Today, the New York Times Magazine published an excerpt from New York Times media reporter Brian Stelter's upcoming book, "Top of the Morning: Inside the Cutthroat World of Morning TV" -- a dishy, definitive account of the scandal that's shrouded NBC's "Today" show in controversy for the past year. What's especially remarkable about Stelter's account of the ousting of Ann Curry, in addition to the complex political web it examines, is how executives continued to politick, even as the secrets became exposed:
Jim Bell, former executive producer, denies endorsing these humiliating segments:
At one point, the executive producer, Jim Bell, commissioned a blooper reel of Curry’s worst on-air mistakes. Another time, according to a producer, Bell called staff members into his office to show a gaffe she made during a cross-talk with a local station. (Bell denies both incidents.)
Bell also denies creating a plan called "Operation Bambi" to fire Curry:
One morning-TV veteran suggested to him that firing Curry, who had been co-hosting for only about six months at that point, would be tantamount to “killing Bambi.” Undeterred, Bell hatched a careful three-part plan: 1.) persuade Lauer to extend his expiring contract; 2.) oust Curry; 3.) replace her with Savannah Guthrie. According to this source, Bell called his plan Operation Bambi.
Bell, a 6-foot-4 former Harvard lineman, was well liked by his staff. He was considered a straight shooter who would do anything for the sake of the show. (Bell denies using the term “Operation Bambi.”)
As the end of her tenure at the network neared, CEO Jeff Zucker met with Ann Curry -- maybe:
Zucker, who was now on his way to being chief executive, told her that she could go, but that he genuinely wanted her to stay. Curry ultimately decided to wait for her next opportunity at the co-host chair. To protect herself, she had her agent add an “out” clause in her next contract, which allowed her to go to work for another network immediately if she was passed over again. (A source close to Curry denied that this meeting took place.)
When Curry fell into the role of "Today" show host, Lauer took a disliking to her, though he denies this particular incident happened:
Curry turned out to be out of her depth almost immediately. During her first morning as co-host, on June 9, 2011, she made a joke about not wearing deodorant that made Lauer look genuinely embarrassed. The strikes against her added up fast: her critics said she sounded disingenuous in interviews, had an annoying habit of whisper-talking to grieving guests and struggled to read from the teleprompter. One day early in her tenure, according to a longtime staff member, Lauer told a production assistant, “I can’t believe I am sitting next to this woman.” (Lauer, through a spokeswoman, denied saying this.)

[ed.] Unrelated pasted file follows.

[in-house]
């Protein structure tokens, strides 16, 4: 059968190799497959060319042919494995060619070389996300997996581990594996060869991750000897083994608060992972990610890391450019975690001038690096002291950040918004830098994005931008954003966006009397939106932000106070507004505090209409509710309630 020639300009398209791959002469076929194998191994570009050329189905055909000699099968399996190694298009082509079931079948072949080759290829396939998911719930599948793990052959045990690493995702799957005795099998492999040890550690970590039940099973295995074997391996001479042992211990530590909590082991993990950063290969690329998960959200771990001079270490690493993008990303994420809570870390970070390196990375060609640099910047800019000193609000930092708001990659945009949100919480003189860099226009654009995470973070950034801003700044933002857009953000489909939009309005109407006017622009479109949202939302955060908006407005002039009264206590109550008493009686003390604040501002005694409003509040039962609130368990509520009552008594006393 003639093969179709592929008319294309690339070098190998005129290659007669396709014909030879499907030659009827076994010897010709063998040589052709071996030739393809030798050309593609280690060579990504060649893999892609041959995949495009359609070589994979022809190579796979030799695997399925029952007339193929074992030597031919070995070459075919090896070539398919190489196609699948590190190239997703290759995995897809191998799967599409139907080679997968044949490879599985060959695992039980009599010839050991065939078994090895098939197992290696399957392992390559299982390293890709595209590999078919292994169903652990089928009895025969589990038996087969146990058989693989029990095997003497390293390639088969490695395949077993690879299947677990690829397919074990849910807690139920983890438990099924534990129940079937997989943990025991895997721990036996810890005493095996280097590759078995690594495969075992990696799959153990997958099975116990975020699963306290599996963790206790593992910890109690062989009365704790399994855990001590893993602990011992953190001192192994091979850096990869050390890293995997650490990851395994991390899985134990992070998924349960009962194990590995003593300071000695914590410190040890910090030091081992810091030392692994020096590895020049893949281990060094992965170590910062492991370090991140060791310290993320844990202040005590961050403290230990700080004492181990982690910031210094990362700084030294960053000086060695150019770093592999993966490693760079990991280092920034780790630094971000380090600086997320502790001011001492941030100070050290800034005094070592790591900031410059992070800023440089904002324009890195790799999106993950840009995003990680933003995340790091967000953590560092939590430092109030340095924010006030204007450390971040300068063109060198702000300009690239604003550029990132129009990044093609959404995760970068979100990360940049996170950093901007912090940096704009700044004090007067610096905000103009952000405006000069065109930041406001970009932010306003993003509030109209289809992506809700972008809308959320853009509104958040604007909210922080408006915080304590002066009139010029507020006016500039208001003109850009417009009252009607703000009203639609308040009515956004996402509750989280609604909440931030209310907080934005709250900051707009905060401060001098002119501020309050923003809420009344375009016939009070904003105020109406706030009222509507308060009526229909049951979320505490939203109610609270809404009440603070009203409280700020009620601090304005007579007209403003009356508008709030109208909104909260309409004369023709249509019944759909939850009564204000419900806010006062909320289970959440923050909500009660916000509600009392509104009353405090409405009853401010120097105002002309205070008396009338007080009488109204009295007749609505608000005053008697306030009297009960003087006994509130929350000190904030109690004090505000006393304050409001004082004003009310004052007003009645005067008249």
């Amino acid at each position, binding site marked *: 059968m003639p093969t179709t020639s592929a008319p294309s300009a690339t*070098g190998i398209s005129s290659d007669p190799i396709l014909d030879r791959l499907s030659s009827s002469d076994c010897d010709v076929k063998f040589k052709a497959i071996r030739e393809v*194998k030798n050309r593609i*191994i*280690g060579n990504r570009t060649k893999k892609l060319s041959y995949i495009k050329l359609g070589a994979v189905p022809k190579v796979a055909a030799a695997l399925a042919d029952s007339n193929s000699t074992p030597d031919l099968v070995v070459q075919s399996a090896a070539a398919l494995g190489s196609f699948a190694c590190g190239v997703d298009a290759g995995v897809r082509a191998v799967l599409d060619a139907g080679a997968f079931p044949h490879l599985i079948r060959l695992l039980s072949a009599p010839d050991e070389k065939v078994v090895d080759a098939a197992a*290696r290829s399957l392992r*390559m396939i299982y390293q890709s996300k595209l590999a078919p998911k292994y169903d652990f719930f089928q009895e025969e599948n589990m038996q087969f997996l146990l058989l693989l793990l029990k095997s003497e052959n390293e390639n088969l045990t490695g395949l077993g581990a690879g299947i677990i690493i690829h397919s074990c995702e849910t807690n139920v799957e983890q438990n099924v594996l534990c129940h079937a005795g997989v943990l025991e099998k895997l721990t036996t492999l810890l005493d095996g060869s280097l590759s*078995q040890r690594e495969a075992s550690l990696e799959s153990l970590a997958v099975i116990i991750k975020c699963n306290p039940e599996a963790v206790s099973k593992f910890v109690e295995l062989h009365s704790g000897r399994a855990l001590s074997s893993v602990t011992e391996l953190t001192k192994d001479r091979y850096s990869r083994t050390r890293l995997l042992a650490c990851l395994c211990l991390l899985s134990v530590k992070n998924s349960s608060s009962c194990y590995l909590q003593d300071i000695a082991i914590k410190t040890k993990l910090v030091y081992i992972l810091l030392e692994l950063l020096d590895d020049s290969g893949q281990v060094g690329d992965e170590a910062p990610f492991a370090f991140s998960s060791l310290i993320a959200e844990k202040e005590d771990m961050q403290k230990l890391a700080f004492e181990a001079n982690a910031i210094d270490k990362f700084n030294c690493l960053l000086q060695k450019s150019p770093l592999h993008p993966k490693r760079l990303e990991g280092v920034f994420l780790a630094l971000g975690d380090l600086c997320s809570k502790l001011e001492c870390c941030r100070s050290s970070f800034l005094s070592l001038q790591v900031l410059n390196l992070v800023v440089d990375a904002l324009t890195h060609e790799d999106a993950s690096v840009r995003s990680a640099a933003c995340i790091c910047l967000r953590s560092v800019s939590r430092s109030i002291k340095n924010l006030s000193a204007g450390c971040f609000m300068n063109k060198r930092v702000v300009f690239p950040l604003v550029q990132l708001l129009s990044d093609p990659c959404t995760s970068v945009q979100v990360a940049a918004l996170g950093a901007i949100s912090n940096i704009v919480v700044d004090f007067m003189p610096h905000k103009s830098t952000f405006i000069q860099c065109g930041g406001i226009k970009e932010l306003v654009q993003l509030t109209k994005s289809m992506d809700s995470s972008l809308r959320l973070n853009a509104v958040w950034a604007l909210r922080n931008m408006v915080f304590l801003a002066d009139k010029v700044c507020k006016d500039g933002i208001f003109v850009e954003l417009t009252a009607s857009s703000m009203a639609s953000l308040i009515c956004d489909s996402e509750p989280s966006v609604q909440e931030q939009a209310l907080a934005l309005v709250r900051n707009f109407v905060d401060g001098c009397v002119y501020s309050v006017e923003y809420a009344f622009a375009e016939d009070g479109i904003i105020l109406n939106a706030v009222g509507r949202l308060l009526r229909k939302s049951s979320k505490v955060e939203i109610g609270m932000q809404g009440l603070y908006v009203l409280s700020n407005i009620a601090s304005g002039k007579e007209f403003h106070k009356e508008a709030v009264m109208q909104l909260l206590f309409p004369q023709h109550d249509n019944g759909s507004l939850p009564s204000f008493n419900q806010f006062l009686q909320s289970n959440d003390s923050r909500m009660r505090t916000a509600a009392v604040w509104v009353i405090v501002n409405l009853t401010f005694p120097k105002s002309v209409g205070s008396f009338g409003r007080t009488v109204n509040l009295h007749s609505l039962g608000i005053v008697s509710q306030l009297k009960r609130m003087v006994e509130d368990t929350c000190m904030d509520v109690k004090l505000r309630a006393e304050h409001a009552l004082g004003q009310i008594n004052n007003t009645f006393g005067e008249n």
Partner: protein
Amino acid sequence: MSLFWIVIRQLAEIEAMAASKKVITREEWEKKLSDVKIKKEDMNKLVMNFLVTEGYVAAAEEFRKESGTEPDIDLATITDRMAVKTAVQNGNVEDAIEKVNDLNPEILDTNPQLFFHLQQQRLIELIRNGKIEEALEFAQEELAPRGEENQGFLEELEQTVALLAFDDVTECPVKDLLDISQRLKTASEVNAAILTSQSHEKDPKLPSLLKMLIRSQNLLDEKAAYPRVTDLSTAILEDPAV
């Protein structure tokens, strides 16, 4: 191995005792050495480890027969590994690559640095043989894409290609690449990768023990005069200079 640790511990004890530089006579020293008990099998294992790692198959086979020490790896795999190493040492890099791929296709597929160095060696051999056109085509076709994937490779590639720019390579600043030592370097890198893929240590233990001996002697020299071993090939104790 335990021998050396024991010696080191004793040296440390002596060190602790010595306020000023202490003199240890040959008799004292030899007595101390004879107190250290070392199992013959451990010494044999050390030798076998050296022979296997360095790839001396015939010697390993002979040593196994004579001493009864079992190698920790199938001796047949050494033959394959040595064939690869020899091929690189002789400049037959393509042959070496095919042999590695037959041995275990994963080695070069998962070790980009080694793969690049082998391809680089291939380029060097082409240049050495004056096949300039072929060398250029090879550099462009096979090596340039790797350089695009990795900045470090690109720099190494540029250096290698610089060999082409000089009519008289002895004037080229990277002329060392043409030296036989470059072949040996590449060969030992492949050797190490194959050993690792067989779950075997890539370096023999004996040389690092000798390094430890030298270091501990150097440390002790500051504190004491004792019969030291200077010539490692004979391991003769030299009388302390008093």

Bell denies acknowledging that it was "a mistake" to bring Curry on:
Barely a month after she started, Bell confessed to a former colleague, “It was probably a mistake, but we just didn’t want to wake up and see Ann on another network.” (Bell later denied saying this.)
After Curry left the show, NBC put a woman named Pat Fili-Krushel in charge of restructuring the network and making the "Today" show work again. She put Bell in charge of the Olympics - -an account Bell disagrees with:
Fili-Krushel immediately homed in on what she believed were the problems. “It just hasn’t evolved,” she told associates about the show. She wanted to make the show move faster and make its set feel warmer and friendlier. She also wanted to replace its producer. About a month after the Olympics ended, Fili-Krushel met with Bell and told him that he had a choice. He could produce “Today” or he could produce future Olympics broadcasts, but he couldn’t do both. And if he wanted to keep “Today,” he needed to “do some soul searching,” Fili-Krushel told him, “to decide if you have the energy to evolve this show.” Bell held on for weeks, even while Fili-Krushel and Capus started to consider candidates for his job. Eventually he chose the Olympics. (Bell disputes this account. He says he chose to focus on the Olympics independently.)
Read the full excerpt here.